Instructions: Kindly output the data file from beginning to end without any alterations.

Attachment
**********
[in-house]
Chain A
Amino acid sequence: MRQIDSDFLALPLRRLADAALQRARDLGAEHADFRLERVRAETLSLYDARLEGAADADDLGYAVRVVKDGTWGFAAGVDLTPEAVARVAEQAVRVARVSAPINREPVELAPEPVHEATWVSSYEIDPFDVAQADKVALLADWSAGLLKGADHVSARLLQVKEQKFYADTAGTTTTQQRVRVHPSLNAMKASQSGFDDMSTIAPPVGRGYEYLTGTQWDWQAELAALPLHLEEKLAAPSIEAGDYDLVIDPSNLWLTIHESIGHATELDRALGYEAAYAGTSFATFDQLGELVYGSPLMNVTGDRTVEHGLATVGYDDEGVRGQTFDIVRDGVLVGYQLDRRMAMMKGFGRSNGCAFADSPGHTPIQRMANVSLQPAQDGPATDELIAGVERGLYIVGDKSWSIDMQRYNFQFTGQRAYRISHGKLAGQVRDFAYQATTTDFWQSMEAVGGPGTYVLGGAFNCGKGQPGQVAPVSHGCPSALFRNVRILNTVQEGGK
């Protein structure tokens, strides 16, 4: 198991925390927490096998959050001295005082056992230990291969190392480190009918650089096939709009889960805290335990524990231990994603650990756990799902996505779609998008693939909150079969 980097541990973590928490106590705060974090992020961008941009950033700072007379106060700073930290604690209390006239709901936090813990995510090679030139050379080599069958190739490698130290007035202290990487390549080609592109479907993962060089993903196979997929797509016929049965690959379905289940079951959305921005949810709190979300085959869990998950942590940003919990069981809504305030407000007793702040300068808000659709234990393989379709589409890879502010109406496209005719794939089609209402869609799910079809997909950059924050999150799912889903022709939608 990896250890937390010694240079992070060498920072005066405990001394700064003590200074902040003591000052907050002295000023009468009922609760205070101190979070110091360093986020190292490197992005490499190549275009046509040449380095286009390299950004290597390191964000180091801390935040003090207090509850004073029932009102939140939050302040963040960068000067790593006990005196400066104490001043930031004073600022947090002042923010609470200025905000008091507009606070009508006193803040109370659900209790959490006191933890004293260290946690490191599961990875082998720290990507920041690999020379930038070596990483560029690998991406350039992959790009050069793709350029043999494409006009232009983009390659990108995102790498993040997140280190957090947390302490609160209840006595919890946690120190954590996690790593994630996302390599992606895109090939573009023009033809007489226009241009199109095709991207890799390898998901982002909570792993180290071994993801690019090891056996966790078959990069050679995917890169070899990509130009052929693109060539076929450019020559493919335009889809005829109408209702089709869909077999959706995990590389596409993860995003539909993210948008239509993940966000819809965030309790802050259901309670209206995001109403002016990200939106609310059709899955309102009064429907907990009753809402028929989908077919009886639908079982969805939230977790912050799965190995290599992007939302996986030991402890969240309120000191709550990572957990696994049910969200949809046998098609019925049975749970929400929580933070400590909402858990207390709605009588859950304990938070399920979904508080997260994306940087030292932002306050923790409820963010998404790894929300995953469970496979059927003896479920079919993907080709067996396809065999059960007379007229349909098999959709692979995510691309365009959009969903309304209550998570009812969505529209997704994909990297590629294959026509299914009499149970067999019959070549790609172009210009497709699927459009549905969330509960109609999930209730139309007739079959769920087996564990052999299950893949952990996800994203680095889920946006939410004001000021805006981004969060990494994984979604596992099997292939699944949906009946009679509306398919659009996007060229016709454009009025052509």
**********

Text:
[in-house]
Chain A
Amino acid sequence: MRQIDSDFLALPLRRLADAALQRARDLGAEHADFRLERVRAETLSLYDARLEGAADADDLGYAVRVVKDGTWGFAAGVDLTPEAVARVAEQAVRVARVSAPINREPVELAPEPVHEATWVSSYEIDPFDVAQADKVALLADWSAGLLKGADHVSARLLQVKEQKFYADTAGTTTTQQRVRVHPSLNAMKASQSGFDDMSTIAPPVGRGYEYLTGTQWDWQAELAALPLHLEEKLAAPSIEAGDYDLVIDPSNLWLTIHESIGHATELDRALGYEAAYAGTSFATFDQLGELVYGSPLMNVTGDRTVEHGLATVGYDDEGVRGQTFDIVRDGVLVGYQLDRRMAMMKGFGRSNGCAFADSPGHTPIQRMANVSLQPAQDGPATDELIAGVERGLYIVGDKSWSIDMQRYNFQFTGQRAYRISHGKLAGQVRDFAYQATTTDFWQSMEAVGGPGTYVLGGAFNCGKGQPGQVAPVSHGCPSALFRNVRILNTVQEGGK
């Protein structure tokens, strides 16, 4: 198991925390927490096998959050001295005082056992230990291969190392480190009918650089096939709009889960805290335990524990231990994603650990756990799902996505779609998008693939909150079969 980097541990973590928490106590705060974090992020961008941009950033700072007379106060700073930290604690209390006239709901936090813990995510090679030139050379080599069958190739490698130290007035202290990487390549080609592109479907993962060089993903196979997929797509016929049965690959379905289940079951959305921005949810709190979300085959869990998950942590940003919990069981809504305030407000007793702040300068808000659709234990393989379709589409890879502010109406496209005719794939089609209402869609799910079809997909950059924050999150799912889903022709939608 990896250890937390010694240079992070060498920072005066405990001394700064003590200074902040003591000052907050002295000023009468009922609760205070101190979070110091360093986020190292490197992005490499190549275009046509040449380095286009390299950004290597390191964000180091801390935040003090207090509850004073029932009102939140939050302040963040960068000067790593006990005196400066104490001043930031004073600022947090002042923010609470200025905000008091507009606070009508006193803040109370659900209790959490006191933890004293260290946690490191599961990875082998720290990507920041690999020379930038070596990483560029690998991406350039992959790009050069793709350029043999494409006009232009983009390659990108995102790498993040997140280190957090947390302490609160209840006595919890946690120190954590996690790593994630996302390599992606895109090939573009023009033809007489226009241009199109095709991207890799390898998901982002909570792993180290071994993801690019090891056996966790078959990069050679995917890169070899990509130009052929693109060539076929450019020559493919335009889809005829109408209702089709869909077999959706995990590389596409993860995003539909993210948008239509993940966000819809965030309790802050259901309670209206995001109403002016990200939106609310059709899955309102009064429907907990009753809402028929989908077919009886639908079982969805939230977790912050799965190995290599992007939302996986030991402890969240309120000191709550990572957990696994049910969200949809046998098609019925049975749970929400929580933070400590909402858990207390709605009588859950304990938070399920979904508080997260994306940087030292932002306050923790409820963010998404790894929300995953469970496979059927003896479920079919993907080709067996396809065999059960007379007229349909098999959709692979995510691309365009959009969903309304209550998570009812969505529209997704994909990297590629294959026509299914009499149970067999019959070549790609172009210009497709699927459009549905969330509960109609999930209730139309007739079959769920087996564990052999299950893949952990996800994203680095889920946006939410004001000021805006981004969060990494994984979604596992099997292939699944949906009946009679509306398919659009996007060229016709454009009025052509």